In one embodiment, processing logic may execute the following pseudocode of algorithm 1:

Algorithm 1 The DeepGL framework for learning deep graph representations (node/edge features) from (attributed) 
graphs where the features are expressed as relational functions that naturally transfer acrossnetworks. 



a directed and possibly weighted/labeled/attributed graph G = (V, E) 

a set of relational feature operators Φ = {Φ_{1}, . . . , Φ_{κ}} (Fig. 2) 

a feature evaluation criterion <., .> 

an upper bound on the number of feature layers to learn T 
1: 
Given G and X, construct base features (see text for further details) and add the feature vectors to X and 

definitions to _{1}; and set ← _{1}.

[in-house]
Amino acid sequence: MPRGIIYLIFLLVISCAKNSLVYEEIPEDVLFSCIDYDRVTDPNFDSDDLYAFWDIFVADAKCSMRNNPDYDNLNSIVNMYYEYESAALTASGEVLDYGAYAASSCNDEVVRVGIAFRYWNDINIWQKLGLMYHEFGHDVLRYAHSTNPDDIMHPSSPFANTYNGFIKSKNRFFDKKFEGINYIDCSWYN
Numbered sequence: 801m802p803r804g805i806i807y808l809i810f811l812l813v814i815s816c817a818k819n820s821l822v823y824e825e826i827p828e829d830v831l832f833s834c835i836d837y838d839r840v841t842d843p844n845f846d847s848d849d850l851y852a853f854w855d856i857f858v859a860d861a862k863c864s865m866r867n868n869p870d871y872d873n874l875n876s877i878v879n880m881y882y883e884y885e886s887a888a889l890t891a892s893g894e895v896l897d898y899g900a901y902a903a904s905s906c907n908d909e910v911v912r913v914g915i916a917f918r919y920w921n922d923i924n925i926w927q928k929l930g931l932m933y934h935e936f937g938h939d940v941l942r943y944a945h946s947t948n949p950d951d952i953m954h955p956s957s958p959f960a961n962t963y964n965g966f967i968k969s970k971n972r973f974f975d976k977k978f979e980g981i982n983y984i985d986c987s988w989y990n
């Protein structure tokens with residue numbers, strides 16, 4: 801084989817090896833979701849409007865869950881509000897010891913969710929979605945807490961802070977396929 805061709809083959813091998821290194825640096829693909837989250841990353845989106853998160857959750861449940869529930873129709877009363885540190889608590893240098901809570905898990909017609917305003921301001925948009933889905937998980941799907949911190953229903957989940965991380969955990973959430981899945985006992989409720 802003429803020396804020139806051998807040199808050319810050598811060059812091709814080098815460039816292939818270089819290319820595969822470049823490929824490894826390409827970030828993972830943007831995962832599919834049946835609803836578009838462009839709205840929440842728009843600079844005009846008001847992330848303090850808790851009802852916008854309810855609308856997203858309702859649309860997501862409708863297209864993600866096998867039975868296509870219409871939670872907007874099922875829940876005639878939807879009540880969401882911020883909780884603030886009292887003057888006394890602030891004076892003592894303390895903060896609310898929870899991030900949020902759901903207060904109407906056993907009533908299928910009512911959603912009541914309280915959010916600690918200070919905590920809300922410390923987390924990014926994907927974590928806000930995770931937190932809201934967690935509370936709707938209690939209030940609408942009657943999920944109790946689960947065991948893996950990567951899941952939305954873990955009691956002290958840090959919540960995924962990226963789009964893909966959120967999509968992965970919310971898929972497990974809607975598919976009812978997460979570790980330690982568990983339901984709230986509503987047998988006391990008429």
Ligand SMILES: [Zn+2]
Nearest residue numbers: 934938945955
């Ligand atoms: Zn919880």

2: 
Transform base feature vectors (if warranted); Set τ ← 2 
3: 
repeat 
feature layers _{τ} for τ = 2, ..., T 
4: 
Search the space of features defined by applying relational feature operators Φ = {Φ_{1}, . . . , Φ_{κ}} to features 

[ . . . x_{i }x_{i+1 }. . . ] given as output in the previous layer _{τ−1 }(via Alg. 2). Add feature vectors to X and 

functions/def. to _{τ}. 
5: 
Transform feature vectors of layer _{τ} (if warranted) 
6: 
Evaluate the features (functions) in layer _{τ} using the criterion to score feature pairs along with a feature 

selection method to select a subset (e.g., see Alg. 3). 
7: 
Discard features from X that were pruned (not in _{τ}) and set ← ∪ _{τ} 
8: 
Set τ ← τ + 1 and initialize _{τ} to Ø for next feature layer 
9: 
until no new features emerge or the max number of layers (depth) is reached